About US and THEM

America is the sum of its’ current citizens plus new immigrants. The proportion of “Us” to “Them” is not always constant. Most importantly, the “Them” eventually become the “Us”. It’s just a matter of time. For all of “us”, there was a time when “we” were “them”. People we know and love were once “them”.

When do “them” become “us? Is it when the newcomer learns English? When he or she obtains a drivers license? Or is it the technical definition of becoming an American citizen? Is the incubation period the same for Europeans, Arabs, Asians or Africans? Somewhere along the line, since we are mostly not Native Americans, the transformation occurs. The immigrant becomes an American. When does this transformation take place? When a dingy full of people crashes into the coast of Florida and the salt soaked pioneers scatter into the suburban streets? Or is it when the accent of a child evaporates in the reading classes of the crowded city schools? Do we not recognize people as Americans until they are legal citizens, even though they build our houses, raise our children and treat our parents in hospitals?

For years, Garry Dial and Terre Roche have been talking about their project of national anthems. Friends, fans and students would hear about it from time to time.

Why would a jazz musician and folk musician perform national anthems? When was the last time anyone found themselves singing along to national anthems in the car?

What are anthems? Aren’t anthems primarily battle songs?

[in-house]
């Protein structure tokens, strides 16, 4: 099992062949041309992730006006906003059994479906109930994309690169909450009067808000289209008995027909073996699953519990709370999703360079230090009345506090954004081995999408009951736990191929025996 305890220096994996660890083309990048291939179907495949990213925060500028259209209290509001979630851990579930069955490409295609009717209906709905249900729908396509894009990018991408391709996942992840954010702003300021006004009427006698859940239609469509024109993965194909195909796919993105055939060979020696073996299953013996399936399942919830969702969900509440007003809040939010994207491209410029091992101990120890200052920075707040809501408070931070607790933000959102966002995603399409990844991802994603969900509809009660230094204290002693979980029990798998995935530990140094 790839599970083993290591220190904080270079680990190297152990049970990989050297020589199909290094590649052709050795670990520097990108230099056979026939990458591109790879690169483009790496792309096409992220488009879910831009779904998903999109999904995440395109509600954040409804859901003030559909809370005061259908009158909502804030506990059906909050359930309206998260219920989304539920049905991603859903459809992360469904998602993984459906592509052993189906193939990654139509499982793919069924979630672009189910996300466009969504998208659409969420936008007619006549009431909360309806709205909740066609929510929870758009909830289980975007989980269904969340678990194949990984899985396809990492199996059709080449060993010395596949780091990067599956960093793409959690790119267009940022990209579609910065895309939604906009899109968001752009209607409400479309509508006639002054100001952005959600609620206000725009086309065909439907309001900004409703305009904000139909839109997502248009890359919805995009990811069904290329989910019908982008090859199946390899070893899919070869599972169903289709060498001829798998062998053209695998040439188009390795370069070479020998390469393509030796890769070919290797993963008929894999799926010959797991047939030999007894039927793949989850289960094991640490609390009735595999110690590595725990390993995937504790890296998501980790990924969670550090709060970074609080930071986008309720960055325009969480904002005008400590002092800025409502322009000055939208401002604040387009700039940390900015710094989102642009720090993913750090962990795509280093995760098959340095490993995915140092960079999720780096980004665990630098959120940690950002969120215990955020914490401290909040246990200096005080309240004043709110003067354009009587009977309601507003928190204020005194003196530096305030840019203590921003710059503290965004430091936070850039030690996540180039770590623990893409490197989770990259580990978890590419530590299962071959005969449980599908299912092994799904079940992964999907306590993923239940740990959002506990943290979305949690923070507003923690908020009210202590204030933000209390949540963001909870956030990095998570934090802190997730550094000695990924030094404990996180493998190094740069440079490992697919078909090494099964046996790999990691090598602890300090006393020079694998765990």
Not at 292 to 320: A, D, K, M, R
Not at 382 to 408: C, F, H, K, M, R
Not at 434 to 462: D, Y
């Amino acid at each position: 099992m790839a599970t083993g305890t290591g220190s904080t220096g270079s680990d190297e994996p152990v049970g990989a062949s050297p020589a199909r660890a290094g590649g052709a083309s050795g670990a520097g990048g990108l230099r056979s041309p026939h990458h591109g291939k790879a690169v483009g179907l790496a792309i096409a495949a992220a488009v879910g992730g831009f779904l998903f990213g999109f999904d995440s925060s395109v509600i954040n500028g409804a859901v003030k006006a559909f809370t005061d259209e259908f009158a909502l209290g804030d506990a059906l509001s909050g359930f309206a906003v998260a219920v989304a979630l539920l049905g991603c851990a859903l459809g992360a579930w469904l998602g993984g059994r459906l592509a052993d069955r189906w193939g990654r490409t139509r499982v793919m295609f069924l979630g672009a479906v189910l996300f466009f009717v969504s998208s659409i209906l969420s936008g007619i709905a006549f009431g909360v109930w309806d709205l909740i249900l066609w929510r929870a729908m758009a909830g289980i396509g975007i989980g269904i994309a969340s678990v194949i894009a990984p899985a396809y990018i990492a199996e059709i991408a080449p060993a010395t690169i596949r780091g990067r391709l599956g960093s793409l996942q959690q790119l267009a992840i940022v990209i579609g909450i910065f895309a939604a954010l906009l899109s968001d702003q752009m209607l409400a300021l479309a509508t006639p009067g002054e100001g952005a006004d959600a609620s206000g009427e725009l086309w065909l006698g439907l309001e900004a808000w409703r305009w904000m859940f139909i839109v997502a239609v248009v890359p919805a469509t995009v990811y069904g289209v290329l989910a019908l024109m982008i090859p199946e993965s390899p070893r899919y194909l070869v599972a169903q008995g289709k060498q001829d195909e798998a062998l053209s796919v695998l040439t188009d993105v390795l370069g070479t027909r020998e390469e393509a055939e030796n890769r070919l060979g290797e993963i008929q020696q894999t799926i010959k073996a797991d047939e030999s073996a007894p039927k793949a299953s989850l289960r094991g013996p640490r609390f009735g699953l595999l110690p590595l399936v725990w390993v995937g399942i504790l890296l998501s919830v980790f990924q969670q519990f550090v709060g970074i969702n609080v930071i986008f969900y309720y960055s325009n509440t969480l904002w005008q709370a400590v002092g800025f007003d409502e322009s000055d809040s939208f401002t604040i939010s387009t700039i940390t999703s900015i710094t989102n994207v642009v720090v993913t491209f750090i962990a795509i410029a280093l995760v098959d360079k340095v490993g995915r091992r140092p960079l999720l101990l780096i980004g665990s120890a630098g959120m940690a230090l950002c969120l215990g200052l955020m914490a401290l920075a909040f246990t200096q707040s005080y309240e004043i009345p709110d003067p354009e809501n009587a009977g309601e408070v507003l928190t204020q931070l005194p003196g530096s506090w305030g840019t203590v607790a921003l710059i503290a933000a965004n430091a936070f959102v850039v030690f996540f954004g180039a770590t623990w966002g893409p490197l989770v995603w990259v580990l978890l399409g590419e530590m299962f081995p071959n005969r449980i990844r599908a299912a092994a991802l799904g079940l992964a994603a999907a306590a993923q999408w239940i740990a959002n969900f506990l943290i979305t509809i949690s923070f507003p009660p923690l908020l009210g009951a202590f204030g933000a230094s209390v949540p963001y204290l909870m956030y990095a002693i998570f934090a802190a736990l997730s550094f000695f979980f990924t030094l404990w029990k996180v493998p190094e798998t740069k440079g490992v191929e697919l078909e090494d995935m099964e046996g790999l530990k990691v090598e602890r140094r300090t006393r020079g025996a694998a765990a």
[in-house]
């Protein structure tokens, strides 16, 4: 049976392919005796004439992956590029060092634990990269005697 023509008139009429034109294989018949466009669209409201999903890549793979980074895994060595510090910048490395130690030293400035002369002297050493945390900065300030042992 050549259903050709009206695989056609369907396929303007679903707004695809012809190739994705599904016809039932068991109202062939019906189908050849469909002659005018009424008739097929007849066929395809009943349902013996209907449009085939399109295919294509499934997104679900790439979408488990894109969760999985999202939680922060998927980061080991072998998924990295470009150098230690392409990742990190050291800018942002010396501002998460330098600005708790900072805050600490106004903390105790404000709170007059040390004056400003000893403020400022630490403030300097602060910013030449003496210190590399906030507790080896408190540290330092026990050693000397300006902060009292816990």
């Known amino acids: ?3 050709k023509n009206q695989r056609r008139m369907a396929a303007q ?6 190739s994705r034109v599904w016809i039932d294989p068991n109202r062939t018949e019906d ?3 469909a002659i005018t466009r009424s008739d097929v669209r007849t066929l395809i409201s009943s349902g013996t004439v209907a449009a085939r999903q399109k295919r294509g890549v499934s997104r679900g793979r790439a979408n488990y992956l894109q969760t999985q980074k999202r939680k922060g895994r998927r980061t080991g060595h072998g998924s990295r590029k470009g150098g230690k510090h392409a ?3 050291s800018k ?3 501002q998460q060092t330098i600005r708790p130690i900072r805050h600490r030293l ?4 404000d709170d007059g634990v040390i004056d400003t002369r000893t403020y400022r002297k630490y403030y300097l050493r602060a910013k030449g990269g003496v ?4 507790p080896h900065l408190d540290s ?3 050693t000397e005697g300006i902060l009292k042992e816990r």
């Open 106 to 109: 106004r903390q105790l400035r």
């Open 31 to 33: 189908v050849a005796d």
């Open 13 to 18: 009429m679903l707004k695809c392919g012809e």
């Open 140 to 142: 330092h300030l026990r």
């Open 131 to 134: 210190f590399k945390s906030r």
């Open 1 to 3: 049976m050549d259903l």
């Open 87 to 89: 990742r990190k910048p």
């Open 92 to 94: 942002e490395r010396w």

“Us and Them” began as a curiosity about the musical challenges of making arrangements of national anthems. It grew into an adventure in communication among musicians of many different cultures. Staying put in their native New York City, working as performers and music teachers, Garry Dial and Terre Roche came across a wildly diverse cast of characters who became the band that you are about to hear. You will probably be surprised.

Enjoy the music!

-- Bob Justich, executive producer

In the beginning of the project, 17 years ago, Garry and I picked the anthems out of books according to no particular motive. We began to arrange them and make tapes of ourselves singing and playing them. Over the years we replaced ourselves with people from the different countries involved. In the process, we encountered various responses. Some people felt reverent and patriotic. Some people didn’t care for what their anthem said. And some people didn’t even know their anthem. Each of the different attitudes opened up a fascinating discussion. And each musician contributed a gem to what evolved into “Us and Them”.

-- Terre Roche